Class of 2010 valedictorian offers input on waterslides

Dear Editor:

I graduated from Pen-Hi as a valedictorian in 2010 before moving to Victoria to pursue my post secondary education. Most of my family lives in the Penticton area, and I

always felt that I would return to start a family of my own.

However, as the years have passed, I have become less sure of that course. Can I really live in a city that prioritizes unsustainable growth? That ignores her people?

I love Penticton. It has been my home. Unfortunately, I’m no longer sure it will be again, as seeking out cities that truly reflect the wishes of their citizens, creating a sustainable community by focusing on issues that will actually benefit the citizens, is the best way I can create a good life for my future family.

I can’t live in a city that would replace public green park land with a fiberglass monstrosity available only to paying customers. I can’t live in a city that would disrespect the land donations of former citizens (donated for us all to enjoy) who have passed away, by ripping out trees dedicated to them. I can’t live in a city that actively pursues waterslides as B.C. enters what is predicted as a multi-year drought, as our farmers are forced to obey water restrictions, as grapes shrivel and burn on the vine from the dry heat. I refuse to live in a city run by a short-sighted council who would support the wishes of a few rich investors over an overwhelming public outcry against them.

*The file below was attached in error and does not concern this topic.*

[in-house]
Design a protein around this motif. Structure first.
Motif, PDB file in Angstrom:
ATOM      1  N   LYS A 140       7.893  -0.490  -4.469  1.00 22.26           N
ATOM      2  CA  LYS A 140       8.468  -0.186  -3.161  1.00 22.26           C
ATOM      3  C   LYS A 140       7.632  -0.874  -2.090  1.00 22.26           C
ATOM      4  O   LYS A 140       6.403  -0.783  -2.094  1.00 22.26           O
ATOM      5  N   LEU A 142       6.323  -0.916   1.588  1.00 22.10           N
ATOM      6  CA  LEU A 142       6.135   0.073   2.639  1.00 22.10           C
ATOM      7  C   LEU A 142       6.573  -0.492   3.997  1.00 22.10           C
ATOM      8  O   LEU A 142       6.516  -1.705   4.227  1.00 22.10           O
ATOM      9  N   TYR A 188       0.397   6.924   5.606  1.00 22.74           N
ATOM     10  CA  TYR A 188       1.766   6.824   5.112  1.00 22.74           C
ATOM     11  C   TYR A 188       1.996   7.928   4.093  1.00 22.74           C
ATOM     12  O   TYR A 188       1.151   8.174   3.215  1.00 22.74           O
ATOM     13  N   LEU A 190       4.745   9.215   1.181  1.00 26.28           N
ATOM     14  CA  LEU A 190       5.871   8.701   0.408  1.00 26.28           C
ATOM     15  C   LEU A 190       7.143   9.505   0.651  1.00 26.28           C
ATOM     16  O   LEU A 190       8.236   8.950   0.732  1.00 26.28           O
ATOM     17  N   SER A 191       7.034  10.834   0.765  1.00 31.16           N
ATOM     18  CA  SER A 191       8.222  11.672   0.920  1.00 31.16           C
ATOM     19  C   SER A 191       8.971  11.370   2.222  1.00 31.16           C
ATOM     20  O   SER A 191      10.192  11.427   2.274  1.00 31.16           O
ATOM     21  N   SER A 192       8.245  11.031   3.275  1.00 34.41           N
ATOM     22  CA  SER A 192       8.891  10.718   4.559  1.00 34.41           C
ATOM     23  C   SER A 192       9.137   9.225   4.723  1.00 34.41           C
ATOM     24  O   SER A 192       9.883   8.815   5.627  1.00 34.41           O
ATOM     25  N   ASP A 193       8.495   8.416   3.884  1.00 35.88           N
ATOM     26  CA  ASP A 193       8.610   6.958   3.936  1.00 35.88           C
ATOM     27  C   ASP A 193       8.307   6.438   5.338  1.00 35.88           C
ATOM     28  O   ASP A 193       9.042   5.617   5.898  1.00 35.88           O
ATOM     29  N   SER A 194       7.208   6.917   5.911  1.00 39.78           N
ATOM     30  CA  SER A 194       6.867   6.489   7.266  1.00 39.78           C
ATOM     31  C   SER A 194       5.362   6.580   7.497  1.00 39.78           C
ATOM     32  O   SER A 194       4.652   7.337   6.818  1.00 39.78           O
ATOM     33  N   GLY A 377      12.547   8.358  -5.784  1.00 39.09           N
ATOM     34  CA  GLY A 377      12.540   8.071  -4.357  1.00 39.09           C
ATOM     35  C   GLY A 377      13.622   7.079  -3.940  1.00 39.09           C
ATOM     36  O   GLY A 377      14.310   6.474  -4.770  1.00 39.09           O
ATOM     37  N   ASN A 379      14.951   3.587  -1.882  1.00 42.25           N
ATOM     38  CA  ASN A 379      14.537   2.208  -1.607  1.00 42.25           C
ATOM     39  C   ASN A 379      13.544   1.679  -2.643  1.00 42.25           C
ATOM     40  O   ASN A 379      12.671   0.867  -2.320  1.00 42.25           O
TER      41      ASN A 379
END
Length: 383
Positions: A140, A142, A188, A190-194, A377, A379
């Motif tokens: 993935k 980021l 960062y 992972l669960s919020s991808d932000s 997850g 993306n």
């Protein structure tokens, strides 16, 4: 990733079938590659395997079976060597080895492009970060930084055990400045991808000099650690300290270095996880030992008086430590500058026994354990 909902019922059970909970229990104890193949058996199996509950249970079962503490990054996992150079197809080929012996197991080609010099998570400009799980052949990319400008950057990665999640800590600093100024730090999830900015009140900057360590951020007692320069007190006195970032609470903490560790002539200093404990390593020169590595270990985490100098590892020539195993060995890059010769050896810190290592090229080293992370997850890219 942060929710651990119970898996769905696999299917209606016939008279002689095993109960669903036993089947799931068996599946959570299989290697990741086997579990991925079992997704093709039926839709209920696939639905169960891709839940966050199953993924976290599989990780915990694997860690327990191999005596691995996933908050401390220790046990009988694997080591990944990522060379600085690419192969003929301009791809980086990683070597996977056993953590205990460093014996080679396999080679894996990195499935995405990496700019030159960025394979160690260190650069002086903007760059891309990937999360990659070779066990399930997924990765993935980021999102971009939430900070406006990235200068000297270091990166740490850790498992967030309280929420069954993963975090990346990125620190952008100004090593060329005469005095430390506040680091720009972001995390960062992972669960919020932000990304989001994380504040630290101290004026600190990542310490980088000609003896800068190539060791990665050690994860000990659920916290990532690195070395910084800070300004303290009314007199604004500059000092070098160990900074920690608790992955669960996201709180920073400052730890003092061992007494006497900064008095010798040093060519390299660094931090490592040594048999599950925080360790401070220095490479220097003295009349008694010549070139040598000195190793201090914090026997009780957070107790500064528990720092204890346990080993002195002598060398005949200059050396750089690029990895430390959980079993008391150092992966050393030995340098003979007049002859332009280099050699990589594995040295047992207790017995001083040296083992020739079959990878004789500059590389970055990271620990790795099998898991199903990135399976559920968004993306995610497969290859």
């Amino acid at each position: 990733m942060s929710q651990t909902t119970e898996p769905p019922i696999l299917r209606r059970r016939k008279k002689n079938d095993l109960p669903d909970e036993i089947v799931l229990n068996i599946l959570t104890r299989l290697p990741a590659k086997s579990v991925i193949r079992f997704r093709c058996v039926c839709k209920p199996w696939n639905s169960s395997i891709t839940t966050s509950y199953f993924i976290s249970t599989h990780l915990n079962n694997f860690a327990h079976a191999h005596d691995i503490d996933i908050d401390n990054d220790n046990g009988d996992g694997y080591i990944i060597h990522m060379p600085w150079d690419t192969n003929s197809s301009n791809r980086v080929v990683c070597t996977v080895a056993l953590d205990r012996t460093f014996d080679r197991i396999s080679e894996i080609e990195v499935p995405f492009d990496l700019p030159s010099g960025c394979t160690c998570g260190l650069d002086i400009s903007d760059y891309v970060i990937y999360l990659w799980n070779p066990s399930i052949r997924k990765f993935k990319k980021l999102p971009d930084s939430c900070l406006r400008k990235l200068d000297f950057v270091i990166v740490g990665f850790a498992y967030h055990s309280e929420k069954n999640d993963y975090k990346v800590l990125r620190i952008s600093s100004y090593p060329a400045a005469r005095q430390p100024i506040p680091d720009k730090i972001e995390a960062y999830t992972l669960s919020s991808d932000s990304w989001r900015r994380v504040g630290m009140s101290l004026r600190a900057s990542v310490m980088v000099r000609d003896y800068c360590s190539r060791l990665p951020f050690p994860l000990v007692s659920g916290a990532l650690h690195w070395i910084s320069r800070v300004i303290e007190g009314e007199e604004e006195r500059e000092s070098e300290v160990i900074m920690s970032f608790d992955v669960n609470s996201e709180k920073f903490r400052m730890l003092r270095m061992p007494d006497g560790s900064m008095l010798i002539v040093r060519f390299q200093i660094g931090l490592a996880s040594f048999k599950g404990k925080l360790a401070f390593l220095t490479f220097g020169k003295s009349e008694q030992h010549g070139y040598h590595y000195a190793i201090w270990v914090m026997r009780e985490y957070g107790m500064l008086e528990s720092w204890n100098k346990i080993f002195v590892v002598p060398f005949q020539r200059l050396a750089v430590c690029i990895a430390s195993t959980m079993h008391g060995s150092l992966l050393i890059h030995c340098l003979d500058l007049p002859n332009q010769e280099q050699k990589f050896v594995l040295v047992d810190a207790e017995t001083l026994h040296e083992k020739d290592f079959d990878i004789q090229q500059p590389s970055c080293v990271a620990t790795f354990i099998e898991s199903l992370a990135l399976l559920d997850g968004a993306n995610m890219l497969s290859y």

Penticton’s city council shouldn’t be asking “What will draw even more tourists?” They should be asking, “What is it about Penticton that makes people want to live here?

How do we build a home not just for our current citizens, but all of us young people that Penticton raised, who have left to better themselves?

How can we make Penticton a home instead of a tourist trap?”

I promise our council the answer to those questions are quite different.

Carl Keys

Pen-Hi, Class of 2010